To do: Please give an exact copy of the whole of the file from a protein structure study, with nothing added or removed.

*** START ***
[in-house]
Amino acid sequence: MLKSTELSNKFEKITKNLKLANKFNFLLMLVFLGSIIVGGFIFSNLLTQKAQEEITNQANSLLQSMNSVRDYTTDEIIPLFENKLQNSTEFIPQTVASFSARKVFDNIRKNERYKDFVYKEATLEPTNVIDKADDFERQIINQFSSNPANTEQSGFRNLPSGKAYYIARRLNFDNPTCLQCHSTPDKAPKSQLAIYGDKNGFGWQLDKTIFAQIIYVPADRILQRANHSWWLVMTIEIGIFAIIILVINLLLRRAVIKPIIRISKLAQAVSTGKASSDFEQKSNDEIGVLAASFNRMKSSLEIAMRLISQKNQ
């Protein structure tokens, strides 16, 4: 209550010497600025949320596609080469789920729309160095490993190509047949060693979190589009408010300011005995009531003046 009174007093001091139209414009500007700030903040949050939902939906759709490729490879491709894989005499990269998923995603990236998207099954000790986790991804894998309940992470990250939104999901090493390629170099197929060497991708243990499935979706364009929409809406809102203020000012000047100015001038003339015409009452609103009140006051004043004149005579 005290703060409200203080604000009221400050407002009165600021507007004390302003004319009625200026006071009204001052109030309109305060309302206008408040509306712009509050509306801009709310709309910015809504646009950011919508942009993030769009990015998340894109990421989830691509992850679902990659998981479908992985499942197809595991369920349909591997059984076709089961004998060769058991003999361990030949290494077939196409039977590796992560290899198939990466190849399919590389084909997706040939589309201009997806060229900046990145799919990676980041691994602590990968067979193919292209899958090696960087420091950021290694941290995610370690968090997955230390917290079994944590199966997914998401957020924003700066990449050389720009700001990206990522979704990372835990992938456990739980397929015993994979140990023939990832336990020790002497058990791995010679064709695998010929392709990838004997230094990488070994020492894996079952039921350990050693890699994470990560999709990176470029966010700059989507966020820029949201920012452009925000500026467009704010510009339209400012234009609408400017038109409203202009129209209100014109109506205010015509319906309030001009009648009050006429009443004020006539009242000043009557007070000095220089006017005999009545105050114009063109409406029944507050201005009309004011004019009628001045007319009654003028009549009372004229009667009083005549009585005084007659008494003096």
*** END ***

[in-house]
Amino acid sequence: MLKSTELSNKFEKITKNLKLANKFNFLLMLVFLGSIIVGGFIFSNLLTQKAQEEITNQANSLLQSMNSVRDYTTDEIIPLFENKLQNSTEFIPQTVASFSARKVFDNIRKNERYKDFVYKEATLEPTNVIDKADDFERQIINQFSSNPANTEQSGFRNLPSGKAYYIARRLNFDNPTCLQCHSTPDKAPKSQLAIYGDKNGFGWQLDKTIFAQIIYVPADRILQRANHSWWLVMTIEIGIFAIIILVINLLLRRAVIKPIIRISKLAQAVSTGKASSDFEQKSNDEIGVLAASFNRMKSSLEIAMRLISQKNQ
């Protein structure tokens, strides 16, 4: 209550010497600025949320596609080469789920729309160095490993190509047949060693979190589009408010300011005995009531003046 009174007093001091139209414009500007700030903040949050939902939906759709490729490879491709894989005499990269998923995603990236998207099954000790986790991804894998309940992470990250939104999901090493390629170099197929060497991708243990499935979706364009929409809406809102203020000012000047100015001038003339015409009452609103009140006051004043004149005579 005290703060409200203080604000009221400050407002009165600021507007004390302003004319009625200026006071009204001052109030309109305060309302206008408040509306712009509050509306801009709310709309910015809504646009950011919508942009993030769009990015998340894109990421989830691509992850679902990659998981479908992985499942197809595991369920349909591997059984076709089961004998060769058991003999361990030949290494077939196409039977590796992560290899198939990466190849399919590389084909997706040939589309201009997806060229900046990145799919990676980041691994602590990968067979193919292209899958090696960087420091950021290694941290995610370690968090997955230390917290079994944590199966997914998401957020924003700066990449050389720009700001990206990522979704990372835990992938456990739980397929015993994979140990023939990832336990020790002497058990791995010679064709695998010929392709990838004997230094990488070994020492894996079952039921350990050693890699994470990560999709990176470029966010700059989507966020820029949201920012452009925000500026467009704010510009339209400012234009609408400017038109409203202009129209209100014109109506205010015509319906309030001009009648009050006429009443004020006539009242000043009557007070000095220089006017005999009545105050114009063109409406029944507050201005009309004011004019009628001045007319009654003028009549009372004229009667009083005549009585005084007659008494003096």